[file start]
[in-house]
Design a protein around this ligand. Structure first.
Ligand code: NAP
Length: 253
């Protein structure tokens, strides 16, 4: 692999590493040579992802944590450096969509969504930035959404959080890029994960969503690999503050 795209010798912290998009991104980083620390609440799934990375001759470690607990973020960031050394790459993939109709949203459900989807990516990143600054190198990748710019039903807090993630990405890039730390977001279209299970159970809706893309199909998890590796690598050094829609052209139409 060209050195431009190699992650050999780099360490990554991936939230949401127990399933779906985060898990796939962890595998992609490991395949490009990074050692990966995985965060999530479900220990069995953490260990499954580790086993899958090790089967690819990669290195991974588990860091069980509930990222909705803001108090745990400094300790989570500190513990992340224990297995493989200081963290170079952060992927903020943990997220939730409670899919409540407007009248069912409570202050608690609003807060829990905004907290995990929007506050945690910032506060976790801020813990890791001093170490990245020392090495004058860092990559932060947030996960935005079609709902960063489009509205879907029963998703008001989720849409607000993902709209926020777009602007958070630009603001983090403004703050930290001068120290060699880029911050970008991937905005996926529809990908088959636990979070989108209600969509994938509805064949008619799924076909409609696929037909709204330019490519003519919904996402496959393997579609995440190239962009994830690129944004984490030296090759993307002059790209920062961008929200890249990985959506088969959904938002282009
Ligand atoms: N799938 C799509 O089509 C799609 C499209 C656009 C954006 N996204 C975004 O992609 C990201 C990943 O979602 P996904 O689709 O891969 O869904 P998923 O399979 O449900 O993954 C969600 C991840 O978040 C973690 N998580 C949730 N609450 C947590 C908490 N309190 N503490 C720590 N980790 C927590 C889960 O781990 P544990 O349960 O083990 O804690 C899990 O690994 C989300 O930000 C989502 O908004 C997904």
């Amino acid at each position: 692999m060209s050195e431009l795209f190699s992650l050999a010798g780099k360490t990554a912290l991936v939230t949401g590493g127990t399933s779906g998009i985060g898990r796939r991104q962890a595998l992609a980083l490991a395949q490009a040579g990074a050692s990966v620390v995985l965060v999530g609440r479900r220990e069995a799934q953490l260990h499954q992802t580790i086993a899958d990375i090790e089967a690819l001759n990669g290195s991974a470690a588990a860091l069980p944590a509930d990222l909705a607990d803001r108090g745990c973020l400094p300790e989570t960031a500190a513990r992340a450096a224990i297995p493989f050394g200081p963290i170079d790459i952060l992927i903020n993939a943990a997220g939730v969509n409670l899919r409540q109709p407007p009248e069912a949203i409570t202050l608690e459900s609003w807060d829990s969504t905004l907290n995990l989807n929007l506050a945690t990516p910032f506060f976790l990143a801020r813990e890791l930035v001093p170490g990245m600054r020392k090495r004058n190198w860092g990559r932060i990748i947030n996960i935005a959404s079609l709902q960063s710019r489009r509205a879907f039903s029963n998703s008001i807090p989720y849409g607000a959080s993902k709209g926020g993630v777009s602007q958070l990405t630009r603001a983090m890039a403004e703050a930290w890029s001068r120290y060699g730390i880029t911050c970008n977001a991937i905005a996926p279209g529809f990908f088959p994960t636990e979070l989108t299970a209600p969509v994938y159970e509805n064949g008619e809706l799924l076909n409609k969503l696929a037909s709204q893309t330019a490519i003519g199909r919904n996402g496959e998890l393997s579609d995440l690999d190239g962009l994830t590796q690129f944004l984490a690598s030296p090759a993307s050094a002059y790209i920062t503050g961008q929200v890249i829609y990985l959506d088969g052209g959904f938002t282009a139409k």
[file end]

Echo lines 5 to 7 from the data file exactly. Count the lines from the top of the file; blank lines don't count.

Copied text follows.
């Protein structure tokens, strides 16, 4: 692999590493040579992802944590450096969509969504930035959404959080890029994960969503690999503050 795209010798912290998009991104980083620390609440799934990375001759470690607990973020960031050394790459993939109709949203459900989807990516990143600054190198990748710019039903807090993630990405890039730390977001279209299970159970809706893309199909998890590796690598050094829609052209139409 060209050195431009190699992650050999780099360490990554991936939230949401127990399933779906985060898990796939962890595998992609490991395949490009990074050692990966995985965060999530479900220990069995953490260990499954580790086993899958090790089967690819990669290195991974588990860091069980509930990222909705803001108090745990400094300790989570500190513990992340224990297995493989200081963290170079952060992927903020943990997220939730409670899919409540407007009248069912409570202050608690609003807060829990905004907290995990929007506050945690910032506060976790801020813990890791001093170490990245020392090495004058860092990559932060947030996960935005079609709902960063489009509205879907029963998703008001989720849409607000993902709209926020777009602007958070630009603001983090403004703050930290001068120290060699880029911050970008991937905005996926529809990908088959636990979070989108209600969509994938509805064949008619799924076909409609696929037909709204330019490519003519919904996402496959393997579609995440190239962009994830690129944004984490030296090759993307002059790209920062961008929200890249990985959506088969959904938002282009
Ligand atoms: N799938 C799509 O089509 C799609 C499209 C656009 C954006 N996204 C975004 O992609 C990201 C990943 O979602 P996904 O689709 O891969 O869904 P998923 O399979 O449900 O993954 C969600 C991840 O978040 C973690 N998580 C949730 N609450 C947590 C908490 N309190 N503490 C720590 N980790 C927590 C889960 O781990 P544990 O349960 O083990 O804690 C899990 O690994 C989300 O930000 C989502 O908004 C997904």
């Amino acid at each position: 692999m060209s050195e431009l795209f190699s992650l050999a010798g780099k360490t990554a912290l991936v939230t949401g590493g127990t399933s779906g998009i985060g898990r796939r991104q962890a595998l992609a980083l490991a395949q490009a040579g990074a050692s990966v620390v995985l965060v999530g609440r479900r220990e069995a799934q953490l260990h499954q992802t580790i086993a899958d990375i090790e089967a690819l001759n990669g290195s991974a470690a588990a860091l069980p944590a509930d990222l909705a607990d803001r108090g745990c973020l400094p300790e989570t960031a500190a513990r992340a450096a224990i297995p493989f050394g200081p963290i170079d790459i952060l992927i903020n993939a943990a997220g939730v969509n409670l899919r409540q109709p407007p009248e069912a949203i409570t202050l608690e459900s609003w807060d829990s969504t905004l907290n995990l989807n929007l506050a945690t990516p910032f506060f976790l990143a801020r813990e890791l930035v001093p170490g990245m600054r020392k090495r004058n190198w860092g990559r932060i990748i947030n996960i935005a959404s079609l709902q960063s710019r489009r509205a879907f039903s029963n998703s008001i807090p989720y849409g607000a959080s993902k709209g926020g993630v777009s602007q958070l990405t630009r603001a983090m890039a403004e703050a930290w890029s001068r120290y060699g730390i880029t911050c970008n977001a991937i905005a996926p279209g529809f990908f088959p994960t636990e979070l989108t299970a209600p969509v994938y159970e509805n064949g008619e809706l799924l076909n409609k969503l696929a037909s709204q893309t330019a490519i003519g199909r919904n996402g496959e998890l393997s579609d995440l690999d190239g962009l994830t590796q690129f944004l984490a690598s030296p090759a993307s050094a002059y790209i920062t503050g961008q929200v890249i829609y990985l959506d088969g052209g959904f938002t282009a139409k």